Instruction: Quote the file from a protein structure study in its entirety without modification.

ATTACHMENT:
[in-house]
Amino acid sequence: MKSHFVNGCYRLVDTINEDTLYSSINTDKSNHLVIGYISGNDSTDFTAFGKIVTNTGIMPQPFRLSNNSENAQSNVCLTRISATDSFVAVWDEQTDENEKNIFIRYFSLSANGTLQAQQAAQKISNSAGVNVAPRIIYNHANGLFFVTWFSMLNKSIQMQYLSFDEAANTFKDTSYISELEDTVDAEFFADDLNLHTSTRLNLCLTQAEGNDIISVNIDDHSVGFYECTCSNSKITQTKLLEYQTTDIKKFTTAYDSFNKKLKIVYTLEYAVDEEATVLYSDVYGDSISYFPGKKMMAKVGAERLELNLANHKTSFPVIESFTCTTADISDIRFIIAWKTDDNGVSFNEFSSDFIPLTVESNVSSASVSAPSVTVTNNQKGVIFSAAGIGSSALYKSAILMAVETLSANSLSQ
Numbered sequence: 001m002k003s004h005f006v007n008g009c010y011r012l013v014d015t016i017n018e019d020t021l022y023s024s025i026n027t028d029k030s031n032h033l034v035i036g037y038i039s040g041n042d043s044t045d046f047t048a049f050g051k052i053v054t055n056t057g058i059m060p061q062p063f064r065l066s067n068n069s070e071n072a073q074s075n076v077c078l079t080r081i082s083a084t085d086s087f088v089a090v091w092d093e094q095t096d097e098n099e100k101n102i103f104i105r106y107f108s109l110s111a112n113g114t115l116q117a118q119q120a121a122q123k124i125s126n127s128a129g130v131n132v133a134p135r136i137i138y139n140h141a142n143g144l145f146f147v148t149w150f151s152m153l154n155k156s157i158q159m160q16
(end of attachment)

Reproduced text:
[in-house]
Amino acid sequence: MKSHFVNGCYRLVDTINEDTLYSSINTDKSNHLVIGYISGNDSTDFTAFGKIVTNTGIMPQPFRLSNNSENAQSNVCLTRISATDSFVAVWDEQTDENEKNIFIRYFSLSANGTLQAQQAAQKISNSAGVNVAPRIIYNHANGLFFVTWFSMLNKSIQMQYLSFDEAANTFKDTSYISELEDTVDAEFFADDLNLHTSTRLNLCLTQAEGNDIISVNIDDHSVGFYECTCSNSKITQTKLLEYQTTDIKKFTTAYDSFNKKLKIVYTLEYAVDEEATVLYSDVYGDSISYFPGKKMMAKVGAERLELNLANHKTSFPVIESFTCTTADISDIRFIIAWKTDDNGVSFNEFSSDFIPLTVESNVSSASVSAPSVTVTNNQKGVIFSAAGIGSSALYKSAILMAVETLSANSLSQ
Numbered sequence: 001m002k003s004h005f006v007n008g009c010y011r012l013v014d015t016i017n018e019d020t021l022y023s024s025i026n027t028d029k030s031n032h033l034v035i036g037y038i039s040g041n042d043s044t045d046f047t048a049f050g051k052i053v054t055n056t057g058i059m060p061q062p063f064r065l066s067n068n069s070e071n072a073q074s075n076v077c078l079t080r081i082s083a084t085d086s087f088v089a090v091w092d093e094q095t096d097e098n099e100k101n102i103f104i105r106y107f108s109l110s111a112n113g114t115l116q117a118q119q120a121a122q123k124i125s126n127s128a129g130v131n132v133a134p135r136i137i138y139n140h141a142n143g144l145f146f147v148t149w150f151s152m153l154n155k156s157i158q159m160q16